Are Your Internal Controls Strong Enough to Stop Fraud?

Manufacturers are more vulnerable to fraud than companies in other industries. The median fraud loss in the manufacturing sector was $240,000, according to the 2018 Report to the Nations published by the Association of Certified Fraud Examiners (ACFE). That’s almost double the median fraud loss for all industries ($130,000). In working with manufacturing and distribution clients, Weaver too often finds that internal controls are either missing or not working effectively.

Effective internal controls are your first line of defense against fraud. Do your controls measure up? Following are five questions that proactive managers can ask to evaluate whether their control systems are strong enough to help protect against theft or misstatement.

Do you restrict access to inventory and financial data?

Start by examining your company’s restrictions on physical access to assets. Employees should be able to access only those assets that are necessary to perform their jobs. Locks, security cameras and RFID tags can safeguard inventory in the warehouse. Encryption software and passwords can limit access to the accounting system and sensitive employee and customer data.

To help define who has access to what, conduct interviews and review formal job descriptions — if they’re available and accurate. In addition to outlining the scope of employees’ responsibilities, job descriptions should address the separation and duplication of sensitive duties.

For example, billing schemes are especially common among manufacturers. So, the person who’s responsible for billing customers shouldn’t also deposit customer payments and reconcile the accounts. When limited staff makes segregation of duties difficult, supervision is particularly important.

Does management review accounts?

One sign of strong controls is regular reconciliation and analysis of key accounts. Your company shouldn’t wait until year end to confirm account balances.

Monthly bank reconciliations and quarterly (or rolling) inventory counts may be appropriate. Strong internal control systems require management to review employees’ work — via test counts, recalculating mathematical computations or replicating tasks. Managers also should analyze account balances using variance analysis, common-sizing and breakdowns of sales by territory or product line to identify unusual trends.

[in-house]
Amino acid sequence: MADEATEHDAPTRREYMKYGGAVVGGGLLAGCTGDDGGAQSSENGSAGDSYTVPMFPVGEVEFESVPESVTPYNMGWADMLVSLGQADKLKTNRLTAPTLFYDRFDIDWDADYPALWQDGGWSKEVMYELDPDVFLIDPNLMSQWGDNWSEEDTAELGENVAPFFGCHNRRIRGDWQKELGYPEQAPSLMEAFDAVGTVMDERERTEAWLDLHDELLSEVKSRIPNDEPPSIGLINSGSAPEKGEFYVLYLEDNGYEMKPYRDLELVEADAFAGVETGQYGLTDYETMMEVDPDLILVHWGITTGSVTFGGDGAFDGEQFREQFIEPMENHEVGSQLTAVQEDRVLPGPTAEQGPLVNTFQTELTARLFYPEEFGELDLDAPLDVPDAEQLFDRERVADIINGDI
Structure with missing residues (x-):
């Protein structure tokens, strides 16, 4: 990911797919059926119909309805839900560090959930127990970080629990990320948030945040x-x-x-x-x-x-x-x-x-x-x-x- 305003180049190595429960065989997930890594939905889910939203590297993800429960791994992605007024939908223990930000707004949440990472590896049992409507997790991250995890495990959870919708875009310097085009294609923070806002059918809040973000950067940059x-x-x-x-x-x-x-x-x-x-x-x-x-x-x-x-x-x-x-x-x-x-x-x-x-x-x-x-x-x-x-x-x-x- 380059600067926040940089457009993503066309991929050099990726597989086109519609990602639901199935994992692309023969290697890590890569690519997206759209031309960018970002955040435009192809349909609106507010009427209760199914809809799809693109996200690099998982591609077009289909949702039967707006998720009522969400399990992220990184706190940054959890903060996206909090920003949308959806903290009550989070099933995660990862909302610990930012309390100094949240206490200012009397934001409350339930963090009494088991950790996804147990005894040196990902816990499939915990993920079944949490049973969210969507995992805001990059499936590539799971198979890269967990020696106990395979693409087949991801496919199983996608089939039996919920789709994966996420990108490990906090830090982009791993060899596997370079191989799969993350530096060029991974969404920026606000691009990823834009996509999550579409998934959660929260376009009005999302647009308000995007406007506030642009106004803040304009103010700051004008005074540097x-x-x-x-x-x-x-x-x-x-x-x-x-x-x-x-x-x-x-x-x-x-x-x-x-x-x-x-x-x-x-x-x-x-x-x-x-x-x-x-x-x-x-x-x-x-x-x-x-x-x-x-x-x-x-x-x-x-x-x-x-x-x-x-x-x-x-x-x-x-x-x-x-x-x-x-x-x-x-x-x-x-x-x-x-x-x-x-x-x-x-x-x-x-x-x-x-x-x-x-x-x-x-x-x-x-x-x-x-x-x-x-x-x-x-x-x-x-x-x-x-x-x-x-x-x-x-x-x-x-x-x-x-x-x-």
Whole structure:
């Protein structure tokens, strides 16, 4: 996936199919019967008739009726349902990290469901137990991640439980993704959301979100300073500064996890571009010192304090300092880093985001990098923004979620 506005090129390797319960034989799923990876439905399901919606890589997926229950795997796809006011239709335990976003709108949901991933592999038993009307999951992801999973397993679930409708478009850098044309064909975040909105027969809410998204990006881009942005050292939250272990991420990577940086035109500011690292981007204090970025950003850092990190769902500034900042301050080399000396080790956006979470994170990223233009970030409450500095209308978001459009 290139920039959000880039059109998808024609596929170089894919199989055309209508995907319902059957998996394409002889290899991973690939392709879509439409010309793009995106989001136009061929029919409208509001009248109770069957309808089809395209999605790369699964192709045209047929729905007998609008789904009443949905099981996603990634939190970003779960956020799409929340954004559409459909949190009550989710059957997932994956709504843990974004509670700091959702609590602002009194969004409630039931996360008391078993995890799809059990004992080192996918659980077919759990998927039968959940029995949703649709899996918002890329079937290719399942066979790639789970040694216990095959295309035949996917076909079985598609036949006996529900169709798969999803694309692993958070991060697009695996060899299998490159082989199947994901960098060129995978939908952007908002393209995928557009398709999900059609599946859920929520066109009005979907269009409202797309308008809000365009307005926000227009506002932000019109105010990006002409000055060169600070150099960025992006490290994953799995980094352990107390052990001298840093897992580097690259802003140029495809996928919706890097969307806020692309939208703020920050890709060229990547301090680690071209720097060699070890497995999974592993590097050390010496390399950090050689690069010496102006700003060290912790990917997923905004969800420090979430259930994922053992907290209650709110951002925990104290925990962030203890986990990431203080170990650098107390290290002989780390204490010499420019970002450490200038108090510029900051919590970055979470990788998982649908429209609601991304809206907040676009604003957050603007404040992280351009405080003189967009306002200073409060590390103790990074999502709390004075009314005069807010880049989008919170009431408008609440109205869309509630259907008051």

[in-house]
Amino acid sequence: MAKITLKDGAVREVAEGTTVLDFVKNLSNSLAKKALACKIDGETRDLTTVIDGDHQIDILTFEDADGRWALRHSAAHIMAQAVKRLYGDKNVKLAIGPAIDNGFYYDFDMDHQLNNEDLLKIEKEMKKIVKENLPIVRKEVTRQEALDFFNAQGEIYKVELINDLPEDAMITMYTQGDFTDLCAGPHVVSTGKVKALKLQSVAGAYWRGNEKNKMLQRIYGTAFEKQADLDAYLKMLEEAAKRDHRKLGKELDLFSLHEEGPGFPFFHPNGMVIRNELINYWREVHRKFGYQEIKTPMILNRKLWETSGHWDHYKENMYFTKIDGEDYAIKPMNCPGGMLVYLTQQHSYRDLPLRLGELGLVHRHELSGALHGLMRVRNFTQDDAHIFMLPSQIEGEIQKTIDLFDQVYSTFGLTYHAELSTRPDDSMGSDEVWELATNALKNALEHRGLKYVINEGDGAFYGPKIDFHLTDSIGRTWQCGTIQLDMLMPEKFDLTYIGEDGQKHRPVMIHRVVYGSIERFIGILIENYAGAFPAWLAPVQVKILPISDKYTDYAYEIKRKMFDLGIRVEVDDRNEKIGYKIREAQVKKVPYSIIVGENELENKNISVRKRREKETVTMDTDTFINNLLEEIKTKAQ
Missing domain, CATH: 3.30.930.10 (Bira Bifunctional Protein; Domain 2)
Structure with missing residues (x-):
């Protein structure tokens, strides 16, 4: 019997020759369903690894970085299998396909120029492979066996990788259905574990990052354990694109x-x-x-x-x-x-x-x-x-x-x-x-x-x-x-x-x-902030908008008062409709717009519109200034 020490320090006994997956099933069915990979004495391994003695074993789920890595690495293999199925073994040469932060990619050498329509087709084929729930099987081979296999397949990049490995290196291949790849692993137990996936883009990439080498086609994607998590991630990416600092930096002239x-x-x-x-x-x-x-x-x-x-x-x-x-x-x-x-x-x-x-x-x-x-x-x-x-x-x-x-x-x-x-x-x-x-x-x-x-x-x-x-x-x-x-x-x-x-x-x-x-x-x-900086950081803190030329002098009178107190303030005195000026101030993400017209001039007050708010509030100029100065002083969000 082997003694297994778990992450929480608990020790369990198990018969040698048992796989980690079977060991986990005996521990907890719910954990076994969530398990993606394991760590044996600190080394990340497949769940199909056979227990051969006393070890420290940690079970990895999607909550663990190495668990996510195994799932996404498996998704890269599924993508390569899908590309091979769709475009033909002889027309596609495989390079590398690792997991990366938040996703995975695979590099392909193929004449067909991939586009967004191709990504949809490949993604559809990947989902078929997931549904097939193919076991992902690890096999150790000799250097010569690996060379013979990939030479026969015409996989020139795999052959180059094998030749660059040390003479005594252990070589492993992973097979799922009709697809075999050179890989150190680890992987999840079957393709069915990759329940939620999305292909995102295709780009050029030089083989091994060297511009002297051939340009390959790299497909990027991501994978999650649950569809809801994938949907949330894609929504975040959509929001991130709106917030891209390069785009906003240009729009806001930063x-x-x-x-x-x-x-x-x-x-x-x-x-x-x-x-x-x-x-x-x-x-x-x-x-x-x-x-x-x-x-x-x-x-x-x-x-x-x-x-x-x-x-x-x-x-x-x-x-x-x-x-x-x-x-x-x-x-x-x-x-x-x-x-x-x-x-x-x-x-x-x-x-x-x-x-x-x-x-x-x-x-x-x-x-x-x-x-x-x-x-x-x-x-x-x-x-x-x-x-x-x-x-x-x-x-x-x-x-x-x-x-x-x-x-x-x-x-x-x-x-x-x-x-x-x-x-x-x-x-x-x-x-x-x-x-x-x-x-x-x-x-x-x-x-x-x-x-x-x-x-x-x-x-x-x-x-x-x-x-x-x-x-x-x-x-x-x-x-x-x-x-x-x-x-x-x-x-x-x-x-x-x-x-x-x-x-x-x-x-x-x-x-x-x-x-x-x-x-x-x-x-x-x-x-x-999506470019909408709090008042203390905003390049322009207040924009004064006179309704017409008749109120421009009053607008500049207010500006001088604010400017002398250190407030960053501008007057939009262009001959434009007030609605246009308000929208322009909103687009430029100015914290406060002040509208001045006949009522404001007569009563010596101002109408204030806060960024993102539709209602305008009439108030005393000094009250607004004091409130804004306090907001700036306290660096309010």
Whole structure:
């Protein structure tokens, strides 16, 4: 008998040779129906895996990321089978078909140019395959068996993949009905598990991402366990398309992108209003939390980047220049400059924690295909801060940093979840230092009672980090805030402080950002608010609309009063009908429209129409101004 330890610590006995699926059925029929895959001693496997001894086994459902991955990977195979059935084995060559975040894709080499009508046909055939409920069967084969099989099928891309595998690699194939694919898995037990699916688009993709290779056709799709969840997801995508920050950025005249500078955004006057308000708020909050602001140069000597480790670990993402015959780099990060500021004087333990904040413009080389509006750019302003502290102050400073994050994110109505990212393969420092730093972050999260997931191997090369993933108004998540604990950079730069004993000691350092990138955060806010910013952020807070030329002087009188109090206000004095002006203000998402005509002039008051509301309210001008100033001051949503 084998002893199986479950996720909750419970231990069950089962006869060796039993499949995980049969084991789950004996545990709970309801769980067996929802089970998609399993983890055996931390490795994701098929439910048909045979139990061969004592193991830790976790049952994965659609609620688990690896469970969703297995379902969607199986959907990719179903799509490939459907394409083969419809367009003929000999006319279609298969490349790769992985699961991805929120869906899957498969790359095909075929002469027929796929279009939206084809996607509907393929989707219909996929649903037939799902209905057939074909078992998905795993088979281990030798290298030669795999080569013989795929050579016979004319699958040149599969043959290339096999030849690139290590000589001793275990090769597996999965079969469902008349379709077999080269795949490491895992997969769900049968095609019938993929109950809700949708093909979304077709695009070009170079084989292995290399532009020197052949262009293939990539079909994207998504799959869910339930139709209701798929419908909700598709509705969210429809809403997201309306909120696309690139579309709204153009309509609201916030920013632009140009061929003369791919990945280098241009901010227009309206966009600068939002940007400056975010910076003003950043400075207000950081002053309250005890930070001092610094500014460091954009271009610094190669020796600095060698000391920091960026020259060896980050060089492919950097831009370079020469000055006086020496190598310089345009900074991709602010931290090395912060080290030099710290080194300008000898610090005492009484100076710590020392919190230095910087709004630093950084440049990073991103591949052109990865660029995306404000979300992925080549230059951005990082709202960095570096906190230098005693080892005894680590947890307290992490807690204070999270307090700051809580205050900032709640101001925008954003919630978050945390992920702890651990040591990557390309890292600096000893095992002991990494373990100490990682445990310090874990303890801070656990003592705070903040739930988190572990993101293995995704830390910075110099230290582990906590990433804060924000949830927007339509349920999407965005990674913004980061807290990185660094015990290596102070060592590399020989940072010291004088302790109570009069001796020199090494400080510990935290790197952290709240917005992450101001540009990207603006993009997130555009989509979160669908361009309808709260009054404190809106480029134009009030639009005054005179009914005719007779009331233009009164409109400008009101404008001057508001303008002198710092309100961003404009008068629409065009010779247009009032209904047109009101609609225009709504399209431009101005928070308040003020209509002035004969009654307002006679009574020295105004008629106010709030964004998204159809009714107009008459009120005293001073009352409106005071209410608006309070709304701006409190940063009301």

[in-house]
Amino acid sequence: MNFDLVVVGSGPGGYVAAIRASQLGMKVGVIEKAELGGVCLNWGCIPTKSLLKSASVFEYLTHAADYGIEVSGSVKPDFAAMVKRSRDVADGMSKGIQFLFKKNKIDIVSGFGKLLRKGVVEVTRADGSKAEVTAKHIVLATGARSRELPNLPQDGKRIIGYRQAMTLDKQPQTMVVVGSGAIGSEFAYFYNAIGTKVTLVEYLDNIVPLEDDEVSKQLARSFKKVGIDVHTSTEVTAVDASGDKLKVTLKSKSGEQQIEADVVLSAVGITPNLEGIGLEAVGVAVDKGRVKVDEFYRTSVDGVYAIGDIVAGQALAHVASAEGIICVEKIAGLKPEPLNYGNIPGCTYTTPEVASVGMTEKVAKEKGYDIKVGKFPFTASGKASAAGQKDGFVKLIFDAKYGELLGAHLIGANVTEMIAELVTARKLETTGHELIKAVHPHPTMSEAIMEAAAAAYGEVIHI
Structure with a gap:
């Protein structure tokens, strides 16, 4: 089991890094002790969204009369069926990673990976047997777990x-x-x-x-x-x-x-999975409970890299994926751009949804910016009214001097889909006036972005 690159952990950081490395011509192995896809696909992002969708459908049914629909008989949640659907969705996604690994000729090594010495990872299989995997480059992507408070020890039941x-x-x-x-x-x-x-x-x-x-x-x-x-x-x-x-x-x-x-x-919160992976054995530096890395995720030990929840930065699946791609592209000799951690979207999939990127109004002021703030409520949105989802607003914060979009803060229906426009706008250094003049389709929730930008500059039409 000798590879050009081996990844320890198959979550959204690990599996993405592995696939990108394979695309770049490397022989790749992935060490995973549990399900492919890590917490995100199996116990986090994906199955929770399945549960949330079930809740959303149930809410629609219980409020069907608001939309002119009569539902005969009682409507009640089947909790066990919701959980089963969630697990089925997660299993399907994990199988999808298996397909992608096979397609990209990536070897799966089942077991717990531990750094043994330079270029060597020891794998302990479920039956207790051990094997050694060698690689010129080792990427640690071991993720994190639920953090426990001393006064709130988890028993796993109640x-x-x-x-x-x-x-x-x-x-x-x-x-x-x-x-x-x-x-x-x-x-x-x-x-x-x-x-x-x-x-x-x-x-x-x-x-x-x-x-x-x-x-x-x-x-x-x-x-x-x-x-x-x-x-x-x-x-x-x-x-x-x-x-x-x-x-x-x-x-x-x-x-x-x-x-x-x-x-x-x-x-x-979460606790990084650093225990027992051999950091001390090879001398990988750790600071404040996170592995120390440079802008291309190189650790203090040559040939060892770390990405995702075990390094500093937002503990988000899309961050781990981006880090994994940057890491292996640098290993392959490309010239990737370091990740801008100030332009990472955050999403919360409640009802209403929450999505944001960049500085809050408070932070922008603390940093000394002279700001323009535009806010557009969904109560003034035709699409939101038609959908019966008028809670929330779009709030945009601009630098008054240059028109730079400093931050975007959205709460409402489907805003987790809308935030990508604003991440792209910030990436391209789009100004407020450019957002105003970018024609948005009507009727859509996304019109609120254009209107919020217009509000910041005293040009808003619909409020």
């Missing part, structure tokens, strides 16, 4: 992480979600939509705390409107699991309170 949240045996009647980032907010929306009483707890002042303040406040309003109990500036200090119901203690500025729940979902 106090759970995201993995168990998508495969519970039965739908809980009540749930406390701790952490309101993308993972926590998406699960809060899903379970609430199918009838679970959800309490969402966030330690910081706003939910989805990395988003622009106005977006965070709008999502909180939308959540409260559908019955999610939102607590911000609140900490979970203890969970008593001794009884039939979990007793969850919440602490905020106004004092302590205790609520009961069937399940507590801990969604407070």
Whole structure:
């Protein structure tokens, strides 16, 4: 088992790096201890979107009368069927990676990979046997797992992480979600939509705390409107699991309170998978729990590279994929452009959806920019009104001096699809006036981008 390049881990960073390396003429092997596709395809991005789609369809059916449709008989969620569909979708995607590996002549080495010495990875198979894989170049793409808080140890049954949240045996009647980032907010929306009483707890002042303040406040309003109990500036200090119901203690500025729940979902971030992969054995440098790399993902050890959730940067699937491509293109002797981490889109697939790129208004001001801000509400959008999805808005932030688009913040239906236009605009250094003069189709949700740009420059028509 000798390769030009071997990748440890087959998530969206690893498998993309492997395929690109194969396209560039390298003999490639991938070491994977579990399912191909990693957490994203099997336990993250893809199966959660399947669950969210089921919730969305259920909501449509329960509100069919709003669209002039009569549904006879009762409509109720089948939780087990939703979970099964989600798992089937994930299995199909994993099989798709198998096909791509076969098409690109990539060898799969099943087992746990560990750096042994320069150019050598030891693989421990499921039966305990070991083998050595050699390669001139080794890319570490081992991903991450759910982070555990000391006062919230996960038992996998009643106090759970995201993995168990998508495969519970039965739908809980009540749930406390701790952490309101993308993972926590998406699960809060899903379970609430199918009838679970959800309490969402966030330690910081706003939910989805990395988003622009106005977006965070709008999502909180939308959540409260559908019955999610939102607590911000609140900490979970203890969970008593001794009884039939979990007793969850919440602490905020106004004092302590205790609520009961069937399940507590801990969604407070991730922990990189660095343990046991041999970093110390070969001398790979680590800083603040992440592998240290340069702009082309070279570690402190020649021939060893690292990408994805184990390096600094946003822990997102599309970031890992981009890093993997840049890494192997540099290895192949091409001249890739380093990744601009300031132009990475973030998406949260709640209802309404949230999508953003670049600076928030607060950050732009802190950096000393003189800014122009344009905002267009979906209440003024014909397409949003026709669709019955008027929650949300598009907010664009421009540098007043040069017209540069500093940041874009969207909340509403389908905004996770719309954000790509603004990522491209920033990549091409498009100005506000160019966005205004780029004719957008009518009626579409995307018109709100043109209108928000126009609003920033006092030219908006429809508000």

Is your system protected from management overrides?

Frauds perpetrated by executives are the costliest. These frauds produce a median loss of $850,000 — nearly six times larger than the median loss caused by managers, and 17 times higher than the median loss caused by low-level employees, according to the latest ACFE report.

To help prevent fraud in the executive suite, companies should perform background checks and possibly supplemental screening, such as drug testing or psychological evaluations, on new hires. Executive expense reimbursement requests also warrant scrutiny. Often, fraud perpetrators use falsified expense reports to test internal controls. If successful in expense report fraud, they may graduate to bolder, costlier scams.

Do you audit your financial statements and internal controls?

Audits can help catch problems early, thereby minimizing fraud losses. They might be performed by an internal audit committee consisting of senior managers — though in many cases management is too busy with other responsibilities to perform this function. For this reason, many manufacturers hire external accounting professionals to audit their financial statements.

Keep in mind that external audits can unearth material irregularities and deter corruption, but they won’t necessarily detect immaterial frauds. In fact, no type of audit provides an absolute guarantee against dishonest employee behavior.

Are controls a priority?

For internal controls to be effective, your company needs to publicize them. You might, for example, offer training classes or publish articles in the employee newsletter to let everyone know that internal controls are a priority and that serious consequences await perpetrators.

Management should communicate fraud reporting mechanisms, such as anonymous hotlines. In addition, train managers to recognize possible red flags, including unusual journal entries and employees living beyond their means.

Not a one-and-done project

Internal controls require continual effort to keep them adequate and effective. Would-be thieves are constantly looking for new weaknesses, and you must remain diligent to stay ahead.

Manufacturers with proactive controls — including thorough physical controls over assets, management review, account reconciliation and monitoring — can shorten schemes and lessen fraud losses. Weaver’s Risk Advisory Services team can help you build, improve and reinforce your controls. If you have already have reasons to be suspicious, our Forensics and Litigation Services professionals can guide you through response options, possibly including a forensic investigation. Visit weaver.com to learn more.

 

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